Spotlight On: Play

10 March 2023


This article first appeared in Queenwood Weekly News on Friday 10 March, 2023

We are more than halfway through the term and our daily routines are well established with co-curricular activities underway. Our schedules can be complex as we endeavour to make the most of every day.

With the plethora of co-curricular choice at Queenwood, it can be tempting to want your daughter to experience everything: drama, choir, dance, equestrian, fencing, sailing, debating, gymnastics and so much more. The challenge for parents is to strike a healthy balance which works for you, your daughter, and the family. Take a moment to review your weekly schedule and consider:
  • How are my energy levels?
  • How are my daughter’s energy levels? Is she coping with the current daily demands?
  • Is there an afternoon where she has no commitments?
  • Is there time for those precious conversations about your daughter’s school day? Do you create time to notice the good?
One feature the co-curricular offerings at Queenwood is that they are highly structured, goal-orientated, with explicit teaching of skills and guided practice. This is great for building confidence, capability and resilience in healthy competition but unstructured play is also essential.

In the Junior School we also place great emphasis on unstructured play which is creative and improvised with no set goal and unlimited possibilities. The beauty of unstructured play is that it offers sensory, physical and cognitive experiences and helps children to focus, build friendships, improve mood, work cooperatively, and work through conflict without adult intervention.

We are delighted with the recent installation of new play equipment in the Junior School.  The physical challenges include climbing, crawling, hanging, sliding, balancing and swinging at varying heights. We are encouraging the girls to explore and extend their physical capabilities taking sensible risks. There are cooperative elements such as the bird nest swing and flying fox where the girls can work together as well as little windows and spaces that are enticing for creative play.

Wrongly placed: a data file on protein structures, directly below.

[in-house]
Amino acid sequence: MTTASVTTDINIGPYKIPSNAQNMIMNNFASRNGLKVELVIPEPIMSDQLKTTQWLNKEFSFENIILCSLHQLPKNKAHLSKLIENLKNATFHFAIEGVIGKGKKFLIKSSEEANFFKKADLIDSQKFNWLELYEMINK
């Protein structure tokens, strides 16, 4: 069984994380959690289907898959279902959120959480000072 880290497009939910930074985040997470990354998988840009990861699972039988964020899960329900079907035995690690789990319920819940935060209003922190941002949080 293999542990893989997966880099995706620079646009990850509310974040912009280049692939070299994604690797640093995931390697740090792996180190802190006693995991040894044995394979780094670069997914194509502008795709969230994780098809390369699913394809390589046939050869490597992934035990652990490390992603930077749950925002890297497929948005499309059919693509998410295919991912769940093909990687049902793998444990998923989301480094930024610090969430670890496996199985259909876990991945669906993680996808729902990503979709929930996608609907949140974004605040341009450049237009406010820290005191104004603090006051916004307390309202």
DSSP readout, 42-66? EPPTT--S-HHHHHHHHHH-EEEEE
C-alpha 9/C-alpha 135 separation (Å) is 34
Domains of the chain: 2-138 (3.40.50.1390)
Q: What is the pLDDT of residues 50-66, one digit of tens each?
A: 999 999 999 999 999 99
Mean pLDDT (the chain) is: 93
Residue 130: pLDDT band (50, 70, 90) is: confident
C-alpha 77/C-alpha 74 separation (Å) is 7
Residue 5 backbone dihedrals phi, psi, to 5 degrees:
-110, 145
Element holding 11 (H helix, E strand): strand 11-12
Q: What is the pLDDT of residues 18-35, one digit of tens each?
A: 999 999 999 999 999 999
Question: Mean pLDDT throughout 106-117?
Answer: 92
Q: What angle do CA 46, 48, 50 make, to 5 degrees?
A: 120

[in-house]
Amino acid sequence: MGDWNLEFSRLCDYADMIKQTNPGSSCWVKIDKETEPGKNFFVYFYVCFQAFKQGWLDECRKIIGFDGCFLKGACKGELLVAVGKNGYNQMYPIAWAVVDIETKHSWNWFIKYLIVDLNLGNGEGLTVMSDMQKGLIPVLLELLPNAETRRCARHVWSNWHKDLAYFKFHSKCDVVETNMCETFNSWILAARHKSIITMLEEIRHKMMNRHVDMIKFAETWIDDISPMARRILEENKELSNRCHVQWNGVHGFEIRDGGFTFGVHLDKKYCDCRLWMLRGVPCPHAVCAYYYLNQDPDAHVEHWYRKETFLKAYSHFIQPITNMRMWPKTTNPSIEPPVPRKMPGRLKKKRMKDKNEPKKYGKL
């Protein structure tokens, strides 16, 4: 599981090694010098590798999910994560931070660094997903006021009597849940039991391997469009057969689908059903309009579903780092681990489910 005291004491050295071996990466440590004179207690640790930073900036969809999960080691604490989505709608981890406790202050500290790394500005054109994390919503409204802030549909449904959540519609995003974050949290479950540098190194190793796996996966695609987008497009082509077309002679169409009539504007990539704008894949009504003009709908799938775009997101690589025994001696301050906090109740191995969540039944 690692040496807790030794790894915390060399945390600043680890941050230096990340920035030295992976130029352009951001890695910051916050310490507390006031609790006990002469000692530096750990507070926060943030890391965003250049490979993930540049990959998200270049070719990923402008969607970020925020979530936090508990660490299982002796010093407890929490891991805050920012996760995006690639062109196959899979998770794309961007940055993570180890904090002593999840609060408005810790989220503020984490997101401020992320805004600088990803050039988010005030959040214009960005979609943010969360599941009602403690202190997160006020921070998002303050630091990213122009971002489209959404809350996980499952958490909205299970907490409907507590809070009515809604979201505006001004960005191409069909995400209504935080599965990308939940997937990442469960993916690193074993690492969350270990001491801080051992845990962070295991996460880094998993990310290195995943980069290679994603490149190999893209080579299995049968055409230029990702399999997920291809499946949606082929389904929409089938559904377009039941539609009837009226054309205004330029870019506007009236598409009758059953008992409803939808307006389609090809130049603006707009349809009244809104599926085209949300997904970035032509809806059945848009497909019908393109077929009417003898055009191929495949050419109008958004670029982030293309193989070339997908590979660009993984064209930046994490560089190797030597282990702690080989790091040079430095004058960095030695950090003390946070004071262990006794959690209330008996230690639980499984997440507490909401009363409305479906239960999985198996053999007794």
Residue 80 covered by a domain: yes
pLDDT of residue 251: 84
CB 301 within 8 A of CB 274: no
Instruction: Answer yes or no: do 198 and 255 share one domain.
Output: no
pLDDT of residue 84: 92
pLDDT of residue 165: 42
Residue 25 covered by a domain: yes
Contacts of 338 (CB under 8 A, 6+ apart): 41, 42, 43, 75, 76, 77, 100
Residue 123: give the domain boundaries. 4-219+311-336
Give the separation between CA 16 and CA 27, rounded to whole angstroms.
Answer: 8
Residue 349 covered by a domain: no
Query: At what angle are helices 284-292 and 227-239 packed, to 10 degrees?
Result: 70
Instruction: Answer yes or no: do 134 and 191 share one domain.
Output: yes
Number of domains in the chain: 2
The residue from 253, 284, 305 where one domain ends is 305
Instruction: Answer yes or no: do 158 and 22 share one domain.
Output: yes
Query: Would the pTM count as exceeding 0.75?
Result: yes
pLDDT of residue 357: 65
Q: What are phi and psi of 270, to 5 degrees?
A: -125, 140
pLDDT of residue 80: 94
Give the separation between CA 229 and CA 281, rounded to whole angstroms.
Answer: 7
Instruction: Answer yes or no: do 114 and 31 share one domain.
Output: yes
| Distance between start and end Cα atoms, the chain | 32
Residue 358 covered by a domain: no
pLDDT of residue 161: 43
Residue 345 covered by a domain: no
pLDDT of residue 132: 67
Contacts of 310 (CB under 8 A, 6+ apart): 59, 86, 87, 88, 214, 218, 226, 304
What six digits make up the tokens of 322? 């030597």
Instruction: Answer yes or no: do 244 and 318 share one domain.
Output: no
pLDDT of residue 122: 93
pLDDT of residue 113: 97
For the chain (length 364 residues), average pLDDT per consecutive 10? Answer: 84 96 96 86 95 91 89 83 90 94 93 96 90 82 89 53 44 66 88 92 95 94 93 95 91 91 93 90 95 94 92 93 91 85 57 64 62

Watching the girls enjoy this equipment is a joy and we are very grateful to those parents who supported our giving campaign and made this possible.

For some children, unstructured time can be challenging. That’s no reason not to do it – in fact, it’s just the opposite. We encourage a degree of discomfort so that the girl can work through having time and space to play and develop friendships at her own pace.

Away from school, unstructured time can be a challenge for both children and parents who will often be met with the complaint of “I’m bored!” At this point I am reminded of this Spotlight On: Boredom article where Ms Stone reminds us that boredom is not a problem to be solved but an opportunity to develop creativity, seek out meaning and purpose and develop problem-solving skills. Our job as teachers and parents is not to entertain our children, but to create conditions for them to entertain themselves. After that, it’s up to them.